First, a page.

Section 62 – Notices under section 61(4): further provision
104.This section provides that individuals subject to banning orders may not be required to surrender their passport under section 61(4) except in the control period in relation to a match or tournament played outwith the United Kingdom. It also defines what the control period is. For a regulated football match outside the United Kingdom it is the period beginning 5 days before the day of the match and ending when the match is finished or cancelled. For certain external tournaments it may also be appropriate for a block control period to apply so that the person is required to report and surrender their passport for the whole of the external tournament. The block period will apply 5 days before the day of the first match in the tournament (excluding qualifying games) and finish on the day on which the last football match is played. The Scottish Ministers will require to prescribe by order made by statutory instrument subject to negative resolution procedure the external tournaments that should be subject to a block control period. These could be tournaments such as the European Championships and the World Cup.
105.Subsection (2) requires the police to return the passport to the individual as soon as is reasonably practicable after the control period ends.
Section 63 – Sections 61 and 62: guidance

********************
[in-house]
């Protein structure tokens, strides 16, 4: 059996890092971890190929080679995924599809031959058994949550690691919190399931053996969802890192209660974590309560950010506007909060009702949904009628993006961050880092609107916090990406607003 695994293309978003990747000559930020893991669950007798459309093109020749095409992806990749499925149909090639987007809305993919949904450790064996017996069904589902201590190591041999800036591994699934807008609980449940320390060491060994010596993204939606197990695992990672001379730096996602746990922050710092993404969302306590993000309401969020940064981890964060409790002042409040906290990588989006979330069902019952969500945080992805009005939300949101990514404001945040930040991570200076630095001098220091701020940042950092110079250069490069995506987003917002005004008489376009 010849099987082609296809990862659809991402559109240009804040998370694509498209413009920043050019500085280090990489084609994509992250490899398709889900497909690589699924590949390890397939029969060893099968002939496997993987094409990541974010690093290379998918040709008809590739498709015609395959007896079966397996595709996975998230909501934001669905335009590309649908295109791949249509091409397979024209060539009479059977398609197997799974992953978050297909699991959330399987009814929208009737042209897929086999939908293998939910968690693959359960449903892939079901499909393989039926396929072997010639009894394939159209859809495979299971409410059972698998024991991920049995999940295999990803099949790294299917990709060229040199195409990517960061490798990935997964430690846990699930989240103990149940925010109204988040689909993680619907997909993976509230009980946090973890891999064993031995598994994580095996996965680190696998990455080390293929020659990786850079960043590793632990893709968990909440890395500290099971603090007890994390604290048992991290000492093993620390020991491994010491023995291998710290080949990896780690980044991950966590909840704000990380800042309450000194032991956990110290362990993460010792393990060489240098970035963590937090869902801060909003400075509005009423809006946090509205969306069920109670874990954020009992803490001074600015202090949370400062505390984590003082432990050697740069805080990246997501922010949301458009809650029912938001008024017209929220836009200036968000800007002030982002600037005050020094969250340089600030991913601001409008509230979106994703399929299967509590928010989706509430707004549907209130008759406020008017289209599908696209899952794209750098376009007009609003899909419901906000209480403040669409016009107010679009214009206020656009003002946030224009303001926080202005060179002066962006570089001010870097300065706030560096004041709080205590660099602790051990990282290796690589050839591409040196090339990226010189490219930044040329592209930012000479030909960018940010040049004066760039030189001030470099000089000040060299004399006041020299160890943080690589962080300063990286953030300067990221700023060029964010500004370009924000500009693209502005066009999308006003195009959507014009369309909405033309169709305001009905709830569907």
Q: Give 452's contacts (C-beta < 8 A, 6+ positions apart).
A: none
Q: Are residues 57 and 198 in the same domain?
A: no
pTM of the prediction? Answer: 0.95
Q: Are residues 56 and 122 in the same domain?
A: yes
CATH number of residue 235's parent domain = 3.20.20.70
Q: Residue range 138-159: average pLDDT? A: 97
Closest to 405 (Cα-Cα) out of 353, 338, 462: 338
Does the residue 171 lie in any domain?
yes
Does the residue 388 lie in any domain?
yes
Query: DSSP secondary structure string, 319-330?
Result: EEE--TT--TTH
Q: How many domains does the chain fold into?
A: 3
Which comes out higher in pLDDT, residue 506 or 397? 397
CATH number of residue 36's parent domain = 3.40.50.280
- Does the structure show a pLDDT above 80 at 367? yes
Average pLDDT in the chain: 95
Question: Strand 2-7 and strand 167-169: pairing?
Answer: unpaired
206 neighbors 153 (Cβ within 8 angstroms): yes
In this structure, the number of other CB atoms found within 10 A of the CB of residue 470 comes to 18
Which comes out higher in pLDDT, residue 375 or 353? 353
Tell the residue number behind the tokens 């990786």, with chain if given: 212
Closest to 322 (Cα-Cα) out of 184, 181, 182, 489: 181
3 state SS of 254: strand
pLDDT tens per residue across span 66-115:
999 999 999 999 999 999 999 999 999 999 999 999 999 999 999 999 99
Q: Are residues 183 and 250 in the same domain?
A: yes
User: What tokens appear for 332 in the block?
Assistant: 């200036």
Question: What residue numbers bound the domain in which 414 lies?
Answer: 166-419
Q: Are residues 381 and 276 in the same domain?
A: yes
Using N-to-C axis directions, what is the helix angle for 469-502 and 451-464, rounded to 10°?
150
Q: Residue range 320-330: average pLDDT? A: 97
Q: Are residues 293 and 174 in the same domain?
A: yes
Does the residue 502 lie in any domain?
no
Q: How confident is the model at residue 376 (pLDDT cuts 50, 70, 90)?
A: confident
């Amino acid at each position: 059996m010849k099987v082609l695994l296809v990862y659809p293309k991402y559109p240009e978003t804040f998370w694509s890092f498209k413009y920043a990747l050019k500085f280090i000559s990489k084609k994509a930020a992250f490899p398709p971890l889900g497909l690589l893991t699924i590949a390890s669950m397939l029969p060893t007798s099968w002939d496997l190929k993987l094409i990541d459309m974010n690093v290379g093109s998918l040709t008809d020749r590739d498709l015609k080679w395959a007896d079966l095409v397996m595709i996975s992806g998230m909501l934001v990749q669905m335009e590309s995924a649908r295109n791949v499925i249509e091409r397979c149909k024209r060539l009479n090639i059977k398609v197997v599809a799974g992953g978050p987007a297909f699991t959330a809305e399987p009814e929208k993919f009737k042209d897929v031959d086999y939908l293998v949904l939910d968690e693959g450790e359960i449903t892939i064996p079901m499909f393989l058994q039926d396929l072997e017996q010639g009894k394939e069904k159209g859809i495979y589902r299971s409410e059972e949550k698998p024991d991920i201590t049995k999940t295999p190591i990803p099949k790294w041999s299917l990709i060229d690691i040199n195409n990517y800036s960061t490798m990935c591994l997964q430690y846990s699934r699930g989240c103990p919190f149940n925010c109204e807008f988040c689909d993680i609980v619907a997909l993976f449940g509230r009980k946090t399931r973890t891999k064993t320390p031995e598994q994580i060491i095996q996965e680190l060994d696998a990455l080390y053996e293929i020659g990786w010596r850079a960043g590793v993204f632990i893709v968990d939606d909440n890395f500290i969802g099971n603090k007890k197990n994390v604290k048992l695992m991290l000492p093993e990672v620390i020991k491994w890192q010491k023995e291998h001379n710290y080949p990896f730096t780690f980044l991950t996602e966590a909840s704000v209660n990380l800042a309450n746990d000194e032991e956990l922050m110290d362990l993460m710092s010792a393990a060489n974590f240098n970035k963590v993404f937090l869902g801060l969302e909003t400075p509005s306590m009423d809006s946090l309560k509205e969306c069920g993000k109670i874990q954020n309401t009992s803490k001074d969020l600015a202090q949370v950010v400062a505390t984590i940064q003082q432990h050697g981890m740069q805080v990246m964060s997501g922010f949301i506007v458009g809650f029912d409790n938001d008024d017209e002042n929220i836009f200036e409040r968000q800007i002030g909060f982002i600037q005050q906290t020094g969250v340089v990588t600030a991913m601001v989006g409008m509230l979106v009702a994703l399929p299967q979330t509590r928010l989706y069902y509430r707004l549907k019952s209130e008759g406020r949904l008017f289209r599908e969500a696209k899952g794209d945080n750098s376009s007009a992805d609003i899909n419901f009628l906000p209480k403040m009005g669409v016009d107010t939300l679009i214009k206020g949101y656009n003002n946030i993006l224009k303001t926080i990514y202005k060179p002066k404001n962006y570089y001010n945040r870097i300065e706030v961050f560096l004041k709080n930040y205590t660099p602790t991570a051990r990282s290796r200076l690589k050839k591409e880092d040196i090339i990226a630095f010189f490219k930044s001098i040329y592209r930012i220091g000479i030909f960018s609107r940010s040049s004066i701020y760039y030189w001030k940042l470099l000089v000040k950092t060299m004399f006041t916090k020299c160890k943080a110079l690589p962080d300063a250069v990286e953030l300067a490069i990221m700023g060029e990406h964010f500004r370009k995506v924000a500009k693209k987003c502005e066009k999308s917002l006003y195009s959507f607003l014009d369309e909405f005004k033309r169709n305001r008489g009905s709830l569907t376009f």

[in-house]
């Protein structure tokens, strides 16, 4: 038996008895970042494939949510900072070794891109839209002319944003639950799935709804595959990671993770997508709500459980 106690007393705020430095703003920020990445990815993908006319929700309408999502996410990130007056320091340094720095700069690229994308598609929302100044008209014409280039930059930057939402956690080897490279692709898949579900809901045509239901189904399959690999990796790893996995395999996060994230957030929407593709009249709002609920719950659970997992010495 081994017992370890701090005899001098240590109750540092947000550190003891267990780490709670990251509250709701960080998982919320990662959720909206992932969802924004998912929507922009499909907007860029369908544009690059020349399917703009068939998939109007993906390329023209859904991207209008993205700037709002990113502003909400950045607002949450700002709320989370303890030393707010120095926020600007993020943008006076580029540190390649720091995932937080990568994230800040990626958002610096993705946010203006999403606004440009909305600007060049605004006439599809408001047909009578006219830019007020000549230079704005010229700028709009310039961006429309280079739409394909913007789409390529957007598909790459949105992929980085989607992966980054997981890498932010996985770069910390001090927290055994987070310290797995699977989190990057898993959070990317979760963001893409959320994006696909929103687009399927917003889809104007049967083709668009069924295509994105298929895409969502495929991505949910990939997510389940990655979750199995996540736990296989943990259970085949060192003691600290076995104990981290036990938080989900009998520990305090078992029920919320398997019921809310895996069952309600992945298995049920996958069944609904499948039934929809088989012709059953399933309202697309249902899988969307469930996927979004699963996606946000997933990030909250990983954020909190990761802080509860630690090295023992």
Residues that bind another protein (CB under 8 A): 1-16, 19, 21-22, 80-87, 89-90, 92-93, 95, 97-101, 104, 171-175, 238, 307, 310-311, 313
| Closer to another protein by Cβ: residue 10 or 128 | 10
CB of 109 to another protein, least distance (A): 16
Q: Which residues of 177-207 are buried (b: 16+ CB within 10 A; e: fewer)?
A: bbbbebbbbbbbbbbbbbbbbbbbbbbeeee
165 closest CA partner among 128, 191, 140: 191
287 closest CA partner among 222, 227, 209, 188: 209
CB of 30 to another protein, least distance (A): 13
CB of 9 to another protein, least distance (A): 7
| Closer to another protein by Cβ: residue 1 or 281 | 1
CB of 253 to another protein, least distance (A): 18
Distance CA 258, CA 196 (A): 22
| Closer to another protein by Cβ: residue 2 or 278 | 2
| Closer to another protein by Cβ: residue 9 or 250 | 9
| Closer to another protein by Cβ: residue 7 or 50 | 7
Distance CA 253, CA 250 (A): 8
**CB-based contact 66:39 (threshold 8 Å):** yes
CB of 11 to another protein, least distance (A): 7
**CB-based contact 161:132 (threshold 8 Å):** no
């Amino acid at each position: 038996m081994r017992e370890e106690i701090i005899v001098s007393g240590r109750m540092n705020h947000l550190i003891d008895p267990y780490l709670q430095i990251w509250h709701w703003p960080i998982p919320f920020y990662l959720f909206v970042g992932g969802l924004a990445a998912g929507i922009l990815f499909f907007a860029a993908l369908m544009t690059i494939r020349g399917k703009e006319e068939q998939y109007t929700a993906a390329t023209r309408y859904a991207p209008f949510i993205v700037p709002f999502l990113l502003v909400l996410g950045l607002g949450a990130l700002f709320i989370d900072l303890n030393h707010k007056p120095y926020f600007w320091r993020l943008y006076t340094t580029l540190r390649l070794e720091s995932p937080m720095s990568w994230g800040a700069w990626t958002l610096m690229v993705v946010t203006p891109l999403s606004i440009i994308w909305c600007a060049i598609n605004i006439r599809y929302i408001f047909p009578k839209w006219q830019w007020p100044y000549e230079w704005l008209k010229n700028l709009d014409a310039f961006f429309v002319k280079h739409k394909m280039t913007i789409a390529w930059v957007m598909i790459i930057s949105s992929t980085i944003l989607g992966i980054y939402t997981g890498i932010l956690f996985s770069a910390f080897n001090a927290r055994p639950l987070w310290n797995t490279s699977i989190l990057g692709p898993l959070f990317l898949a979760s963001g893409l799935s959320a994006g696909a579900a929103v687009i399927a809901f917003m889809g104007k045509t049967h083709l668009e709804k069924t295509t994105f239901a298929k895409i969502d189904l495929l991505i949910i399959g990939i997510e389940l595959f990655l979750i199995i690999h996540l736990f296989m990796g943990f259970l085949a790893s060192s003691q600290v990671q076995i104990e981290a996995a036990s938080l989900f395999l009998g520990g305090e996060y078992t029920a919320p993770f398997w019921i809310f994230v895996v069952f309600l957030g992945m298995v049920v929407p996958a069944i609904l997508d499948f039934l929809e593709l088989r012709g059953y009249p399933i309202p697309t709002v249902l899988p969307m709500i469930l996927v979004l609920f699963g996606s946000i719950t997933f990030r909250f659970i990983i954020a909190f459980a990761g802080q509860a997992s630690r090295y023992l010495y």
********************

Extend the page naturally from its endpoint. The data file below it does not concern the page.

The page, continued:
106.This section requires the football banning orders authority to have regard to any guidance issued by the Scottish Ministers that relates to their functions under sections 61 and 62, when carrying out those functions.
Section 64 – Exemption from notice served under section 61(4)
107.This section provides that persons who are subject to a football banning order may apply for an order disapplying any notice issued to them under section 61(4) that requires them to report to a police station and surrender their passport, or declare that they do not have a passport, in connection with a particular regulated football match outside the United Kingdom. The applicant will require to show to the football banning orders authority’s or, as the case may be, the constable’s satisfaction that there are circumstances which justify them being so exempted and that because of those circumstances the applicant would not attend the match or matches if so exempted; for example, if they need to attend a family funeral abroad during the control period.